I love synchronicity, and it’s often been mentioned in previous articles I’ve written. The more you open to it, the more and magically it occurs and I always welcome the universe’s message.
In recent weeks, it’s been the presence of deer that has caught my attention. I love the woodlands, and so we often choose to camp where the trees are plentiful, but in all my life I’ve never seen so many!The first appearance branded on my memory was in Devon, when out for a morning walk we saw a whole herd of fallow deer across a field from us, hovering shyly at the edge of the forest. What caught our eye was the bright white deer standing regally at their head. We stood transfixed, just watching each other for several minutes before they melted slowly back into the trees.
The legendary tales of the white hind, its links with the faerie world and its signalling the beginning of an epic quest, leapt with deer-like agility to mind. From that moment, deer have surprised us when we least expected them – bounding across narrow roads in front of Shadowfax a few times, jumping with an impossibly light spring into our peripheral vision near Avebury, startling some cyclists by exploding over a hedge in Gloucestershire.
They’ve always been moving from right to left, and always in pairs. Just as I felt prompted to research a bit about deer and their spiritual signficance, a couple of friends (quite independently) posted on Facebook portraits they’d painted of the little-known British goddess Elen of the Ways. Message well and truly received, thank you universe! She harks back to our hunter-gatherer days when a huge forest stretched from Mongolia, encompassing Northern Europe and reaching across Canada. Back then, we tracked the deer by their ancient paths, the deer trods, and revered the antlered Grandmother (represented by Elen) who led the herd. The only female deer who have antlers are reindeer, so it’s believed that Elen has her origins in those times when reindeer roamed freely and plentifully, providing us with a source of food, clothing, and tools. The deer must have seemed to represent life itself to our ancestors.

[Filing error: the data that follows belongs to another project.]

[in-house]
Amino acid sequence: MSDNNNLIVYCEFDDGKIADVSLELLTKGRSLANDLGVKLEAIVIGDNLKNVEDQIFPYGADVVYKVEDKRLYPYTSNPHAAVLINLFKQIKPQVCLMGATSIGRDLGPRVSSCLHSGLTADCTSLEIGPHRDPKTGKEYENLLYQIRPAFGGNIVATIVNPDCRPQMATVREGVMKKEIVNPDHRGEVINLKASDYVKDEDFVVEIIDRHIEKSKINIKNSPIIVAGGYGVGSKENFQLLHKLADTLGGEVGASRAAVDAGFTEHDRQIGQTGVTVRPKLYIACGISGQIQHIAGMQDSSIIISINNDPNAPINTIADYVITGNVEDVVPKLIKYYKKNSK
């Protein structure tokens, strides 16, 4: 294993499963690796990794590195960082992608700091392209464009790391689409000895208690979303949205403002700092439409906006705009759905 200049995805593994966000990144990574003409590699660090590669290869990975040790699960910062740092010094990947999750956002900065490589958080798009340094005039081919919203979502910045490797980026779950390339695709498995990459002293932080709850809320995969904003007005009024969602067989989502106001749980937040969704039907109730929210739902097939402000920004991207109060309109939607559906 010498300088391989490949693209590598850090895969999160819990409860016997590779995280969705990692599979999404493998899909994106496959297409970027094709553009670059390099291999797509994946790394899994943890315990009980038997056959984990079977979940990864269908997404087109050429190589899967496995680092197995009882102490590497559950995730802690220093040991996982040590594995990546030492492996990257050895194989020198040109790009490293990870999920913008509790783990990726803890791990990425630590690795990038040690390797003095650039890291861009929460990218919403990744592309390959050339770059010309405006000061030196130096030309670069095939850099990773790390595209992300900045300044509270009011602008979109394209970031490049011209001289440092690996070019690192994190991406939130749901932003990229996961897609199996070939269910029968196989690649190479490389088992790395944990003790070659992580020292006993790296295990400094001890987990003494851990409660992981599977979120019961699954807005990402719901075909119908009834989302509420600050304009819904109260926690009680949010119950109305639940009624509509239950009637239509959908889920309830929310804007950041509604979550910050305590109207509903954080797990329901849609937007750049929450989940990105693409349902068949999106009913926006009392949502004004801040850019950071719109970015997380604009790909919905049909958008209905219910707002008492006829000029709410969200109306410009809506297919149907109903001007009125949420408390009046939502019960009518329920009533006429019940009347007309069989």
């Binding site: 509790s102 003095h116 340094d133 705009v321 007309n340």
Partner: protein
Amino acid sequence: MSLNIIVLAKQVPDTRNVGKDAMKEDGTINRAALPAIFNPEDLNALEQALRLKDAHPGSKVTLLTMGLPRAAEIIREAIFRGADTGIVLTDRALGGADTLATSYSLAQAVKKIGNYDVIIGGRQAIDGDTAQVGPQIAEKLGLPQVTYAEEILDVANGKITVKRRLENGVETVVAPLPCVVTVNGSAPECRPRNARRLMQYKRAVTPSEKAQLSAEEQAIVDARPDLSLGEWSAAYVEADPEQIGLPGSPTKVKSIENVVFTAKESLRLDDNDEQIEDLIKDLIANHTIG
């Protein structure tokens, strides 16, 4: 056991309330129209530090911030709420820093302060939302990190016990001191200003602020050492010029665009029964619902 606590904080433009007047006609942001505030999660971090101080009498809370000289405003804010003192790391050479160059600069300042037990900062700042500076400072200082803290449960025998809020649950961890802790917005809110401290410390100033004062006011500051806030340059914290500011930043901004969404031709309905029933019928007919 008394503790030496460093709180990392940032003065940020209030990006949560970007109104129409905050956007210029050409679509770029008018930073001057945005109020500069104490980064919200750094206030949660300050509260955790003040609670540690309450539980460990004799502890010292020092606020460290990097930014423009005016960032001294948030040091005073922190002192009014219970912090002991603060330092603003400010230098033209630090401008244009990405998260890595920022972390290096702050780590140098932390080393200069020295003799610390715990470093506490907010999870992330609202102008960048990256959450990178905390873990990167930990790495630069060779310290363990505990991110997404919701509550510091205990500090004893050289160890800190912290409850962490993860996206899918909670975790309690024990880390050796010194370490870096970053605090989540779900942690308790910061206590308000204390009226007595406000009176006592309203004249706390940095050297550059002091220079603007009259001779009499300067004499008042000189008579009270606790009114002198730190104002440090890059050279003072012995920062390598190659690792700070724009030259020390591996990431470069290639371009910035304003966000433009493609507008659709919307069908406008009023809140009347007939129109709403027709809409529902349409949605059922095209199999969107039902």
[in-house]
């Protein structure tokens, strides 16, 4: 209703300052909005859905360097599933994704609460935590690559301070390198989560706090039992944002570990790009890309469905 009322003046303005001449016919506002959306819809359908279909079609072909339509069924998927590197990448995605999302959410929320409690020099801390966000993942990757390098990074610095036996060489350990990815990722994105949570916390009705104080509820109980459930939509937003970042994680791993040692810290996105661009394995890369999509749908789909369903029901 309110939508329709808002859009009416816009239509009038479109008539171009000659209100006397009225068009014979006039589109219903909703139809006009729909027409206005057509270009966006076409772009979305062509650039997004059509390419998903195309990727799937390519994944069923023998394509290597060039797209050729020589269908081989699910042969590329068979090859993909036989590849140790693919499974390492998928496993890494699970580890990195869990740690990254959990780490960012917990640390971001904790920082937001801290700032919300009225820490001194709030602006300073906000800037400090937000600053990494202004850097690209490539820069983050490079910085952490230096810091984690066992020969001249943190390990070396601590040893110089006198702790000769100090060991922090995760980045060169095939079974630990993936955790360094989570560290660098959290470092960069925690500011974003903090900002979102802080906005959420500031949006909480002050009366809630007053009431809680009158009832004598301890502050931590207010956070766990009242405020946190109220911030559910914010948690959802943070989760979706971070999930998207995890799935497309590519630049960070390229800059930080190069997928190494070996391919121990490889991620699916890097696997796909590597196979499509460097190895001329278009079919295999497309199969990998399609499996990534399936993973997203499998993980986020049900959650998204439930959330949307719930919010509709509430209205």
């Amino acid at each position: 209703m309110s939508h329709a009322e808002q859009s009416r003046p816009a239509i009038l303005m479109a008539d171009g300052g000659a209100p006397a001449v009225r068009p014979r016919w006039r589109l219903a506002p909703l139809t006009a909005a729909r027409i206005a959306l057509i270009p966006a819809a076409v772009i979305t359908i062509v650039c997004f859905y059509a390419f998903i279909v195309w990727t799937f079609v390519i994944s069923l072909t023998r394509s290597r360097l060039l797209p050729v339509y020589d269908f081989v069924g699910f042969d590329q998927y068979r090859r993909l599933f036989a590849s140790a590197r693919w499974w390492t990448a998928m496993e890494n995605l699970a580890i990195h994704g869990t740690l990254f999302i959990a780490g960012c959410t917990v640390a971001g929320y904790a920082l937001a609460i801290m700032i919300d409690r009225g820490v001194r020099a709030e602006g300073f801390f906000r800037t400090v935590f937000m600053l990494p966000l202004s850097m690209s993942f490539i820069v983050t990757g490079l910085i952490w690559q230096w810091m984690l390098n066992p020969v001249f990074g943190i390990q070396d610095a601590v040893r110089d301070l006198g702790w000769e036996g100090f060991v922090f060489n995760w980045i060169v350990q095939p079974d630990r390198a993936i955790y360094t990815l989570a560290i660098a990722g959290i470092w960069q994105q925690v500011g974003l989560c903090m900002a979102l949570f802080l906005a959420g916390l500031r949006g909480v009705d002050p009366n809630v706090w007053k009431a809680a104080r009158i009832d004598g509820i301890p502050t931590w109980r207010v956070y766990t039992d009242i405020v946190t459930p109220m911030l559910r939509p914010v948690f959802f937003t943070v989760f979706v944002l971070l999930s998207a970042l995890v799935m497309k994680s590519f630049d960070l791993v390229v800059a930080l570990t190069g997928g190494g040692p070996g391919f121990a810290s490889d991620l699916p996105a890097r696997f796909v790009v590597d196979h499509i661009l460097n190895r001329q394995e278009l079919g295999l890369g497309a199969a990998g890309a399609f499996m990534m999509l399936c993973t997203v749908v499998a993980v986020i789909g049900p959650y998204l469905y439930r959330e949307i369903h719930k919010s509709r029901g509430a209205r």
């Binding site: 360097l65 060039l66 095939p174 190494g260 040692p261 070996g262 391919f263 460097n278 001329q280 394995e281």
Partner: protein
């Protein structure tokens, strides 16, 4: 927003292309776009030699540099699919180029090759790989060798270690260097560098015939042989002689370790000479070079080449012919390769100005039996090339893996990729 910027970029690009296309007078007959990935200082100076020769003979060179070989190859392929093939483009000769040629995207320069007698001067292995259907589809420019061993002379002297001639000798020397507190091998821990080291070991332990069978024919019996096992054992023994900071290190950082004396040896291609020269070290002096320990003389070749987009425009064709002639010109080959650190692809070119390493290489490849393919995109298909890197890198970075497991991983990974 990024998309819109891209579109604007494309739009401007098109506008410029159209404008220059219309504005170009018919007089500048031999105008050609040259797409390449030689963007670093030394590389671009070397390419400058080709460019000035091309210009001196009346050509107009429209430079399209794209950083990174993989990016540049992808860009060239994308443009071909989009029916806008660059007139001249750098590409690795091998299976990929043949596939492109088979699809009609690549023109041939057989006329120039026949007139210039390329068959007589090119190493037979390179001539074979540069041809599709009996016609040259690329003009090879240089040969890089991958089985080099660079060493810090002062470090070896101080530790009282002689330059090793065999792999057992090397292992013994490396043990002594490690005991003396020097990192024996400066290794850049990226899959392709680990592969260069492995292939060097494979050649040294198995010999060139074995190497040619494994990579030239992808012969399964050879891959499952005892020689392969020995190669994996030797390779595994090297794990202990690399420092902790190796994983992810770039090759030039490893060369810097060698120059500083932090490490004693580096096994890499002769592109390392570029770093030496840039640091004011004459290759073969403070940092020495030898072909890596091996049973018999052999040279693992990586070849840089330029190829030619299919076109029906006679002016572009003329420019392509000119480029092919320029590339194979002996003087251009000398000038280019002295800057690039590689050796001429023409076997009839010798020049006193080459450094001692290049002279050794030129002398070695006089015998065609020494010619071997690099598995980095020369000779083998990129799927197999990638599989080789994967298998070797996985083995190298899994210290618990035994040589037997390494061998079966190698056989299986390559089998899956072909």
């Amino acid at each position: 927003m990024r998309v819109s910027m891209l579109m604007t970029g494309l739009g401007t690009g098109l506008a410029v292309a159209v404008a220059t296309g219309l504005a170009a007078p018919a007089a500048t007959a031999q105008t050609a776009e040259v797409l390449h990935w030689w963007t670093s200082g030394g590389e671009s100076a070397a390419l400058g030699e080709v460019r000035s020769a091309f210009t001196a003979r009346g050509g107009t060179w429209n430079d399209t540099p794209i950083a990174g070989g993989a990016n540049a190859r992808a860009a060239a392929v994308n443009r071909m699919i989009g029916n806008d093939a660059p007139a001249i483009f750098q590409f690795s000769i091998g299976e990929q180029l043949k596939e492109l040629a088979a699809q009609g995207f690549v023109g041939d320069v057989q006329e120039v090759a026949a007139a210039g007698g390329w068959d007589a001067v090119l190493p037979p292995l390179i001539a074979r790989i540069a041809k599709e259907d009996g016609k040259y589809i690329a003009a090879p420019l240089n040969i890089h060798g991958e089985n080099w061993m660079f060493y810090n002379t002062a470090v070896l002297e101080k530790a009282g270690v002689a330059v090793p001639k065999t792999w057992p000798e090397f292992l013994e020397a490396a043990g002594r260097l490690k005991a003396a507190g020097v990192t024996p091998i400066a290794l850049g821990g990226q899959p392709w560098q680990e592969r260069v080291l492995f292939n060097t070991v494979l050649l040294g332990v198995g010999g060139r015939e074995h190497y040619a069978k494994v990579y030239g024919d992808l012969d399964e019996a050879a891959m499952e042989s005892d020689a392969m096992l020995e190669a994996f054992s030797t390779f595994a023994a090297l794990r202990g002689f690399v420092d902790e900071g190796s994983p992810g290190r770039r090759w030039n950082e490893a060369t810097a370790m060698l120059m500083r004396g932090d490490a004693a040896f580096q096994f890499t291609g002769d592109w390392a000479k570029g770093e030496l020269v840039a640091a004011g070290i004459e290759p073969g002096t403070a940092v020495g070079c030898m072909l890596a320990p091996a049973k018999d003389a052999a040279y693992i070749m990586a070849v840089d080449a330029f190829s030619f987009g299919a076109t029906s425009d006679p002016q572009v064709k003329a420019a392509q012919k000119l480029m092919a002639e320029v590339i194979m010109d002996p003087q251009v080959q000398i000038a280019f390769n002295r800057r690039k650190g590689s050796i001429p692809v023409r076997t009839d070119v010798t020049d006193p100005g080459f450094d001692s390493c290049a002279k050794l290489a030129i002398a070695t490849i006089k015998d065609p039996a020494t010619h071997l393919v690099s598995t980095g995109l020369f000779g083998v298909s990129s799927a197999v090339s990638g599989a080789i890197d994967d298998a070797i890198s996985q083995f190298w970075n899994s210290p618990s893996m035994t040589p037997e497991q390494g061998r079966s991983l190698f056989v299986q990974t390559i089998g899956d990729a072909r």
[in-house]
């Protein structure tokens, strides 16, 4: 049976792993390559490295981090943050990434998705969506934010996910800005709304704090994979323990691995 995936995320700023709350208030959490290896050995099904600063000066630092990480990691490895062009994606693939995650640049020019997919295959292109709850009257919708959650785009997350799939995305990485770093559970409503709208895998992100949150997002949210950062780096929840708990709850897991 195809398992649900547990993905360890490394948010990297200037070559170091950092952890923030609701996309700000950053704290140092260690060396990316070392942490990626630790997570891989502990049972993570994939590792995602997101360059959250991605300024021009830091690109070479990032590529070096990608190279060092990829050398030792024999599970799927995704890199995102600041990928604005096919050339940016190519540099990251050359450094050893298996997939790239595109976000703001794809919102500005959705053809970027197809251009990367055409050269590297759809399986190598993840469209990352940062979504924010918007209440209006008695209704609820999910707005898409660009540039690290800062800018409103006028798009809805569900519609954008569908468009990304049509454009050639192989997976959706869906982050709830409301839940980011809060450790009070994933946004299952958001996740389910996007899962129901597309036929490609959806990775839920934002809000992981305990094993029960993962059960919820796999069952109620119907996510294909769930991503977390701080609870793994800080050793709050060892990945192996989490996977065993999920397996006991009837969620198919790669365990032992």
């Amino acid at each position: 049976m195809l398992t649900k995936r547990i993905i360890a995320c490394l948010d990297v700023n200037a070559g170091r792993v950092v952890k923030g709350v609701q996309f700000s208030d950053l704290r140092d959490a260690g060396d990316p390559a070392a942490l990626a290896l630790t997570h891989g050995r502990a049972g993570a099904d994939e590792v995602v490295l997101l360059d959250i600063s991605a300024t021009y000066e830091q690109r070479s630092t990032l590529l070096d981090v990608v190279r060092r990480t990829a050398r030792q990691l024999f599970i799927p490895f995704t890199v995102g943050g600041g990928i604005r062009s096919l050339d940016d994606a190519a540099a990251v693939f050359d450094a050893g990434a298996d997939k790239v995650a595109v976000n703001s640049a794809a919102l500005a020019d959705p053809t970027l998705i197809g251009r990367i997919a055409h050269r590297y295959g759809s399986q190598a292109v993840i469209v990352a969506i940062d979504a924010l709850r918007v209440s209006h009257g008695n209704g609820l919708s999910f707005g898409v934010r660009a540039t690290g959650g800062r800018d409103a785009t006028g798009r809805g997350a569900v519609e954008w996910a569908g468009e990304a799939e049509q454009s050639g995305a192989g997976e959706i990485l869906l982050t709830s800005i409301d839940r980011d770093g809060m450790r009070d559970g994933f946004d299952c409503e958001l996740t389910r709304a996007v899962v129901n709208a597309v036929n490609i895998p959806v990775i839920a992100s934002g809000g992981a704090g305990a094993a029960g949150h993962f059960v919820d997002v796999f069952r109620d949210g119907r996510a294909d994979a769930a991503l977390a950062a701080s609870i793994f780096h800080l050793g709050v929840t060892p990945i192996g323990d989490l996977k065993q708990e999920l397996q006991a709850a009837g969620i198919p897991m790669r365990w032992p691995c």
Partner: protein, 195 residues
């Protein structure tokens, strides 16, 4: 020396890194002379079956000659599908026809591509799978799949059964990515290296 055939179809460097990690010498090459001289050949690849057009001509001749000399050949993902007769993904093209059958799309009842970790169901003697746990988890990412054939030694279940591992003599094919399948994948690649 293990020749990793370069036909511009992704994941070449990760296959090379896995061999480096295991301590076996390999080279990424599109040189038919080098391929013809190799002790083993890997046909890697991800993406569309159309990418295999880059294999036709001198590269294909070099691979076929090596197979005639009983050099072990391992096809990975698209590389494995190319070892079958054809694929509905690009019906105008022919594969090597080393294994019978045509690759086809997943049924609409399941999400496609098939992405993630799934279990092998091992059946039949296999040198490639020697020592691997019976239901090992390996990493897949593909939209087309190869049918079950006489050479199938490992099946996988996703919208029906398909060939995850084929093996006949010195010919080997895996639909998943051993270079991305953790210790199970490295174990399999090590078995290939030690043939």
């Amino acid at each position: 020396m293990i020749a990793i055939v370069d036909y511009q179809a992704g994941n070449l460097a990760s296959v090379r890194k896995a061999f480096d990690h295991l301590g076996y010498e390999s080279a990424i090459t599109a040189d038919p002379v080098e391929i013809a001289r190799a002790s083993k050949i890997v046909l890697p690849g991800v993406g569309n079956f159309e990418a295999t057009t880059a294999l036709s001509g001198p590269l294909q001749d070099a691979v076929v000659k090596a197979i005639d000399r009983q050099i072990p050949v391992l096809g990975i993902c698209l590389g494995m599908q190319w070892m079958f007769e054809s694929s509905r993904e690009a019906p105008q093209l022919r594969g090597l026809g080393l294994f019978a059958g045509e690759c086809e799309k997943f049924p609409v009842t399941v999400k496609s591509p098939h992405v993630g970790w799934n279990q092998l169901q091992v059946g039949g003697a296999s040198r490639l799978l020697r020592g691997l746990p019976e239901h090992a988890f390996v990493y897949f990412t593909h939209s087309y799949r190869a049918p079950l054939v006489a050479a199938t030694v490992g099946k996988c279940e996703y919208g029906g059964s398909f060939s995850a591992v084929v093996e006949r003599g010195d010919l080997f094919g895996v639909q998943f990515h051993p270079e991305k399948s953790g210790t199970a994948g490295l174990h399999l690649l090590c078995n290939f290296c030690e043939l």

I could see how, in some ways, my current lifestyle is reconnecting me to these ancestors and Elen. We too are having to hunt for and gather our resources – water, food, fuel – wherever we can find them. And you may not think it but at times it can be a bit of a challenge! My pilgrimage to sacred sites is taking me along the ancient trackways that our ancestors used, which also have another purpose as shamanic flight paths; ways to access the otherworlds, otherwise known as ley lines. Our intention is to live more in harmony with the earth, taking only what we need and giving back in return. Right now, we are modern hunter-gatherers.
Elen Sentier in her fabulous little book Elen of the Ways which I can highly recommend (just click the link to buy from Amazon), says that our view of the hunter-gatherer life as primitive and difficult couldn’t be more wrong. They only had to work 15 hours a week, which left them plenty of time for creative pursuits and spiritual endeavours, and they displayed none of the physical and nutritional illnesses that have plagued the human race from the introduction of farming. Since we wild camp and are not wired up to the mains or the Internet permanently, we have to carefully schedule our work on the laptops to make use of limited power and availability. We end up working far more efficiently in far less hours, so are free to enjoy and explore the beautiful countryside we’re in.
As George and I have chosen to turn back towards this nomadic way of life, which may become a necessity as the climate continues to change, I believe Elen of the Ways is offering us her blessing through her deer children. She is emerging from the wild woods again now to remind us of what’s important, and that the life skills and approach that kept us healthy and whole so long ago can do so once more.